Classical-music stations are increasing audiences overseas, so why does RNZ see so little value in its Concert network?
RNZ management has made no genuine attempt to understand Concert and its offerings, or, shamefully, the interests and opinions of its substantial audience. Recent audience-survey findings that listeners prefer music to lengthy talk shows, for instance, have been misinterpreted disingenuously to imply no on-air presenters are needed.
The reaction was loud and clear. A Facebook group called Save RNZ Concert gained more than 10,000 members. Prominent New Zealand musicians, composers, arts professionals and politicians at home and overseas weighed in online and in traditional media.
Perhaps the most damaging aspect of the proposed evisceration of this cultural gem would have been the effect on the wider arts ecology. RNZ Concert is a multiplier of arts funding and a vital hub for music and arts organisations; its team of skilled staff records concerts, champions musicians through interviews and broadcasts, and has contributed to the international careers of many of our shining stars. The Mobil (now Lexus) Song Quest was originally a Concert project, managed by Concert staff and is still broadcast on the network.
And what of the NZSO, Auckland Philharmonia Orchestra (APO), regional orchestras, Chamber Music NZ, Adam Chamber Music Festival, major city choirs, arts festivals? The list goes on. Concert has recorded and broadcast their work in high-quality stereo, taking it to New Zealanders in all regions, providing access to those unable to attend concerts through geography, age or disability. It has interviewed their conductors, performers and guest artists and reviewed their concerts, promoting their work and contributing to their viability.
New Zealand composers are one group that would have potentially been hugely disadvantaged. Concert’s recordings of new works have demonstrably advanced careers. John Psathas tells the story of a recording of his fanfare for the opening of Te Papa leading to his commission to provide opening music for the 2004 Athens Olympics. This country took enormous pride in his international achievements. Rising composer stars such as Claire Cowan and Salina Fisher talk about the exposure and validation Concert provided early in their careers.
SOUNZ, Centre for New Zealand Music, has partnered with Concert to produce films of new New Zealand music. High-quality, Concert-recorded sound is an essential feature of these works, which are promotional tools for composers, audience multipliers and a major source of international interest. This video partnership and another with the APO would have ended if the staffing reduction proposal had gone ahead.
Ironically, in the UK, the BBC proudly announced new audience figures the day after RNZ’s destructive proposal became public. Radio 3 (Concert’s equivalent), posted its highest audience ratings in years, in part because young people have migrated to classical music. The UK’s Classic FM also reports increased audiences for the same reason, supported by energetic social-media campaigns. Radio 1, the BBC’s flagship youth station, slumped for the first time, demonstrating the challenges in reaching listeners under 35. Is RNZ looking at international trends?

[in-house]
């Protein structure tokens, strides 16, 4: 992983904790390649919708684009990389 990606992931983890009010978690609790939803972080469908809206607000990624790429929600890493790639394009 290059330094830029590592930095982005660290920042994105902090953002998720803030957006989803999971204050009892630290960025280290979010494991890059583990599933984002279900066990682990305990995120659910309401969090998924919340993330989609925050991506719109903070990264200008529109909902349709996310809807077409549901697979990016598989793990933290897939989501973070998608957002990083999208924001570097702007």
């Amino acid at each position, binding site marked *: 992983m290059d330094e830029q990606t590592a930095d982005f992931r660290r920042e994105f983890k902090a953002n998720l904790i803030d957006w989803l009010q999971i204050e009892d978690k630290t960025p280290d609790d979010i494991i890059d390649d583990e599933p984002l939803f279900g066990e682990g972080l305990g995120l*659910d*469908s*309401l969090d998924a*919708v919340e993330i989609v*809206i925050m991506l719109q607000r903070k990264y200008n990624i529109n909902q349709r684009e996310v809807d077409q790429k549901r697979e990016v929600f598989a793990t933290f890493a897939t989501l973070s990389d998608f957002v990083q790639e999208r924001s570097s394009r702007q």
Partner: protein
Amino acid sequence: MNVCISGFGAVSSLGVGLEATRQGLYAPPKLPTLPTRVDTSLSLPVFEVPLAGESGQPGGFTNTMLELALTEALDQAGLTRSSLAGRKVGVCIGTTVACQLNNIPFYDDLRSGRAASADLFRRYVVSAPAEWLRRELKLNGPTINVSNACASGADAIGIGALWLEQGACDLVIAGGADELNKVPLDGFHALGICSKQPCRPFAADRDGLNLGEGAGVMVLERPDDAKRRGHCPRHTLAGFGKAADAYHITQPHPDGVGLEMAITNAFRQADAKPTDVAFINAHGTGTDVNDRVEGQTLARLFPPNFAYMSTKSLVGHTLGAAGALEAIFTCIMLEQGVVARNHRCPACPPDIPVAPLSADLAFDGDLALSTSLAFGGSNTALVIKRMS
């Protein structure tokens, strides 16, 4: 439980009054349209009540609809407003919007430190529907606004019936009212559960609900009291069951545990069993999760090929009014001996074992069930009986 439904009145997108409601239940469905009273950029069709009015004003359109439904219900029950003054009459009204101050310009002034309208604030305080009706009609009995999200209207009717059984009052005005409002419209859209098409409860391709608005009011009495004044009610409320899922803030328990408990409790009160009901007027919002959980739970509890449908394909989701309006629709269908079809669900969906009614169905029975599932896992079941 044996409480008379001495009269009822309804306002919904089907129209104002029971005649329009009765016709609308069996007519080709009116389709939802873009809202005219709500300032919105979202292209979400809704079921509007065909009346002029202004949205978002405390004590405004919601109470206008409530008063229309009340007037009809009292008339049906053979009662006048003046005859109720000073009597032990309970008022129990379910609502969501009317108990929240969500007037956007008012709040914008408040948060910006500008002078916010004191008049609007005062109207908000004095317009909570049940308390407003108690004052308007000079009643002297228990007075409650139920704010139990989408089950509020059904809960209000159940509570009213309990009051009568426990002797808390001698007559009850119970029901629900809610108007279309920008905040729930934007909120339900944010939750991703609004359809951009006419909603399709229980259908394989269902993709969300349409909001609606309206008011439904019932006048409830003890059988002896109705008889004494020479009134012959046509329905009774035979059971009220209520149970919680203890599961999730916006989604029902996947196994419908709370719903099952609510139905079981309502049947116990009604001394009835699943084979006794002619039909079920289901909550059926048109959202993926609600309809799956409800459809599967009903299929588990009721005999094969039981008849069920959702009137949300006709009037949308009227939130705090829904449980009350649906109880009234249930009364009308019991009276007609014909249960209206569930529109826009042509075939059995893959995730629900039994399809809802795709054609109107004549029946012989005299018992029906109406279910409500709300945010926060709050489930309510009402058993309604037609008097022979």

How do Concert’s audience figures compare? The cumulative weekly total for Concert is 173,300, about 4% of the New Zealand population aged 10 or above. This is an excellent figure for a specialised radio network. Radio 3 is celebrating having reached about 3.55% on a per capita basis.
And staff numbers? Radio 3 has more than 100 staff; Concert fewer than 20. In terms of Government expenditure, Concert’s approximately $3 million annual budget, about half of which is the cost of the FM transmission network, seems ridiculously small.
Concert’s music content director, Willy Macalister, “hopes to appeal” to a new youth audience. Macalister came to RNZ a year ago from commercial radio and has not consulted the experienced Concert team nor arts organisations and others about his youth-network plans. His risky proposal takes a punt on a potential new audience, one already well-served with radio and digital offerings, while sacrificing a loyal existing one. RNZ does not have a good history with the younger demographic – its online youth project The Wireless, from 2013, folded after five years having failed to meet objectives.
Labour promised to protect Concert in its 2017. Prime Minister Jacinda Ardern, also Minister for the Arts, has expressed a view that a youth network should not mean the loss of Concert. Additional FM transmission capacity has been found, but the real issues are still the Concert personnel and operational budget – until these are protected, the protests will continue.
Elizabeth Kerr is a former manager of RNZ Concert, chief executive of Creative New Zealand and chair of SOUNZ. She is a Listener writer and freelance arts commentator.
This article was first published in the February 22, 2020 issue of the New Zealand Listener.